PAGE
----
Since the 1990s, two nuclear projects have begun construction in the U.S. Both are two‐reactor expansions of existing generating stations. The VC Summer project in South Carolina was abandoned in 2017 with sunk costs of $9 billion, and the Vogtle project in Georgia is severely delayed. Recent estimates place the total price of the Vogtle expansion at $25 billion, almost twice as high as the initial estimate of $14 billion, and costs are anticipated to rise further.


These problems are not unique to the United States. Projects in Finland and France also have experienced cost escalation, cost overrun, and schedule delays, which I also described ten years ago.

The paper provides an important reality check for those who believe nuclear power is an essential component of any strategy to reduce greenhouse gas emissions. https://www.cato.org/blog/nuclear-power-costs

March 27, 2021 Posted by | Uncategorized | Leave a comment

New Zealand speaks out against UK’s expansion of nuclear weaponry.

New Zealand ‘disappointed’ over United Kingdom’s plans to expand nuclear arsenal, Stuff, Thomas Manch, Mar 26 2021  

New Zealand says the United Kingdom’s plan to boost its nuclear armoury by 35 warheads “undermines” the global disarmament effort.The United Kingdom had previously committed to reducing its nuclear arsenal to 180 weapons. But after a review its defence and foreign policy upon leaving the European Union, the country decided to embrace nuclear weapons as a “deterrent” and increase its arsenal from “up to 225” warheads to “up to 260”.

Disarmament and Arms Control Minister Phil Twyford told Stuff that New Zealand officials had contacted their counterparts in Britain to express their disappointment.”On so many foreign policy issues, the Brits are our mates, basically. But this is very disappointing. And it comes to the time when the world is hoping that nuclear disarmament is going to get back on the agenda,” he said.He said the British bid to increase their arsenal undermined the decades-old Treaty on the Non-Proliferation of Nuclear Weapons, to which Britain was a signatory.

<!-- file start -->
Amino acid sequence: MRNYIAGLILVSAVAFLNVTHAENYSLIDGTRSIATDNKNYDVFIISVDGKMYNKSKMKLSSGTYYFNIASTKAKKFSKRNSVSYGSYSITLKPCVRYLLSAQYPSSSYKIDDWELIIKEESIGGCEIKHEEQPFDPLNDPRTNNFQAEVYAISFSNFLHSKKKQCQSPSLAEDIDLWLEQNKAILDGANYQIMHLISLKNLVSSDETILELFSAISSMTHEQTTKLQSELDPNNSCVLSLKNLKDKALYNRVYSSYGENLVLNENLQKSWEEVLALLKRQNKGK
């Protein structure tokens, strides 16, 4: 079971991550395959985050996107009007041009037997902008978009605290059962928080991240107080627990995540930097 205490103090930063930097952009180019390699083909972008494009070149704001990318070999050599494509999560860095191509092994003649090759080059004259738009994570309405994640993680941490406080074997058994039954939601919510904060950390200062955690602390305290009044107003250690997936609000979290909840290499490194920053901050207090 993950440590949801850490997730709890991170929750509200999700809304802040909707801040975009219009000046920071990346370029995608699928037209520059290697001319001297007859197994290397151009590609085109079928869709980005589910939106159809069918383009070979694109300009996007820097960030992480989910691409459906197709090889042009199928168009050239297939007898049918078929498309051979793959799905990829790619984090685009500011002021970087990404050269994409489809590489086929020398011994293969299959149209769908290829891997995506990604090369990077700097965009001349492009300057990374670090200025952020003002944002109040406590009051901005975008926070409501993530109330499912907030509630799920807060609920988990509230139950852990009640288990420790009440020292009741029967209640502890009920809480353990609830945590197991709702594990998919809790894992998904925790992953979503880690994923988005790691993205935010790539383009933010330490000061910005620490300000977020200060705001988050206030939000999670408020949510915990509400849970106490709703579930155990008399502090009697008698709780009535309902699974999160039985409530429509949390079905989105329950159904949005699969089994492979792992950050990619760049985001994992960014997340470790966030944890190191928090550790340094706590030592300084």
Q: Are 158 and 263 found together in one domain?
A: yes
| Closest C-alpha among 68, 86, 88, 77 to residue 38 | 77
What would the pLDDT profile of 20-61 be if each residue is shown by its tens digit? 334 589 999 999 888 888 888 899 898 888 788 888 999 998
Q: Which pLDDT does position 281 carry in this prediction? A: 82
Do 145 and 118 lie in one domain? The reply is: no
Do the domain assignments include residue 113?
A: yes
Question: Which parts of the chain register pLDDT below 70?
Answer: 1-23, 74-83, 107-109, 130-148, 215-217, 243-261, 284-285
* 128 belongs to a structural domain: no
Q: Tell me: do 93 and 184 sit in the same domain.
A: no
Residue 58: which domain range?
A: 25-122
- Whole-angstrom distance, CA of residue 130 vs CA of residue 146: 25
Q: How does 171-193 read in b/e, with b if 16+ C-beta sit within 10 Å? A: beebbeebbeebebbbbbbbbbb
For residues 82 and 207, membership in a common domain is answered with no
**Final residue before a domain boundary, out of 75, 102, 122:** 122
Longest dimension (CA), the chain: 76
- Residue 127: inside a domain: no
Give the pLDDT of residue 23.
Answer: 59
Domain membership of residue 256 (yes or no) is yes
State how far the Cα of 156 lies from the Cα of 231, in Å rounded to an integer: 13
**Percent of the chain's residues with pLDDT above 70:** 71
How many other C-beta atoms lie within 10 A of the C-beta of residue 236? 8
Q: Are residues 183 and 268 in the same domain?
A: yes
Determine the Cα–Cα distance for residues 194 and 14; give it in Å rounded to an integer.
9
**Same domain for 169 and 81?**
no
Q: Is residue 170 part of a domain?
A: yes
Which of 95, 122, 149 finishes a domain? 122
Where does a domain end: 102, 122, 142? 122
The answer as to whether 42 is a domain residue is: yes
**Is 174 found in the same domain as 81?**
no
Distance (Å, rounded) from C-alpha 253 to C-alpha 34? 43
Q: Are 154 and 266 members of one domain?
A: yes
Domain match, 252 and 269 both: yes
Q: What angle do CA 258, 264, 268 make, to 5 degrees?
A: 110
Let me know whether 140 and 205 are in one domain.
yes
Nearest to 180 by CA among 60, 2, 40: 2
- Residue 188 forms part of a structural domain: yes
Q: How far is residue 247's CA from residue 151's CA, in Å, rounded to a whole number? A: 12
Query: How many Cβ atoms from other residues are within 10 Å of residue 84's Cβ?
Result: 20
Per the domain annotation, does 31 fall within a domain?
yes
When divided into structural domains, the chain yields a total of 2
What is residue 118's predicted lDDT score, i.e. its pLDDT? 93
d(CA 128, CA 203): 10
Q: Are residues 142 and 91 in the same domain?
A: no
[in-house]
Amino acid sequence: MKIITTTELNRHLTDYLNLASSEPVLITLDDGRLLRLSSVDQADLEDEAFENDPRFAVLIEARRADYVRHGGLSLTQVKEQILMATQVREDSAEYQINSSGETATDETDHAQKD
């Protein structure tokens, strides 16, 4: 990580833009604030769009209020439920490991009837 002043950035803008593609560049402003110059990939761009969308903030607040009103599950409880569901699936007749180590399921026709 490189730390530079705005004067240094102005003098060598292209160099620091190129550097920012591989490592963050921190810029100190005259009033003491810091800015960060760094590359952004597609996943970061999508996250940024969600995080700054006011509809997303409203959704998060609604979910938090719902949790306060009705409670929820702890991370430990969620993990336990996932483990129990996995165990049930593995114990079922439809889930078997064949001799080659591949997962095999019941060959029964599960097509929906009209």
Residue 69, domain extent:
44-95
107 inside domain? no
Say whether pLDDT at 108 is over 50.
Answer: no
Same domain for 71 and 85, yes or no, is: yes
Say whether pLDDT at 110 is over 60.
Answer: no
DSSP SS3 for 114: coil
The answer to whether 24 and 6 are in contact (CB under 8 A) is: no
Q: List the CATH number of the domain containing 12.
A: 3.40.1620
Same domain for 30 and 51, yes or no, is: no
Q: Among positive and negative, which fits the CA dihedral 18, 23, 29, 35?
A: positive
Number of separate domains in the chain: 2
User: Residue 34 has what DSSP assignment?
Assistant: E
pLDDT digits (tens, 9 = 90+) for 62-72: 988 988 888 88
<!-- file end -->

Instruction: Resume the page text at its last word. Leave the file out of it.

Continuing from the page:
“The non-proliferation treaty is based on the idea that the nuclear weapon states including Britain will reduce their arsenals, and in return for that other countries won’t develop nuclear weapons, that’s the bargain that was struck.

“[This] undermines the efforts of countries around the world, including New Zealand, to promote the disarmament.”New Zealand has long been an advocate for nuclear disarmament, after the country declared itself a nuclear-free zone in the 1980s, banning nuclear armed and propelled ships from its waters.”There’s no doubt that heightened strategic rivalry has made the international climate much more difficult than in recent years, for a whole host of different multilateral things, including trade, but certainly disarmament and arms control.

But the answer to that is not to start some new arms race. The answer is to redouble our efforts to negotiate.”I know that it won’t just be New Zealand, it will be lots of other countries that are saying to the Brits, ‘This is not the direction we should be heading in’.”Twyford said the world was in “quite a risky, vulnerable situation”, as efforts to reduce the nuclear arsenal held by both the United States and Russia – 90 per cent of the world’s warheads – had slowed.New Zealand would be pushing for countries to sign up to the new Treaty on the Prohibition of Nuclear Weapons in the coming year, he said. This new treaty asked countries to declare that nuclear weapons were illegal under international law……… https://www.stuff.co.nz/national/politics/124666703/new-zealand-disappointed-over-united-kingdoms-plans-to-expand-nuclear-arsenal

March 27, 2021 Posted by | Uncategorized | Leave a comment

Beyond the pandemic, the priority should be the elimination of nuclear weapons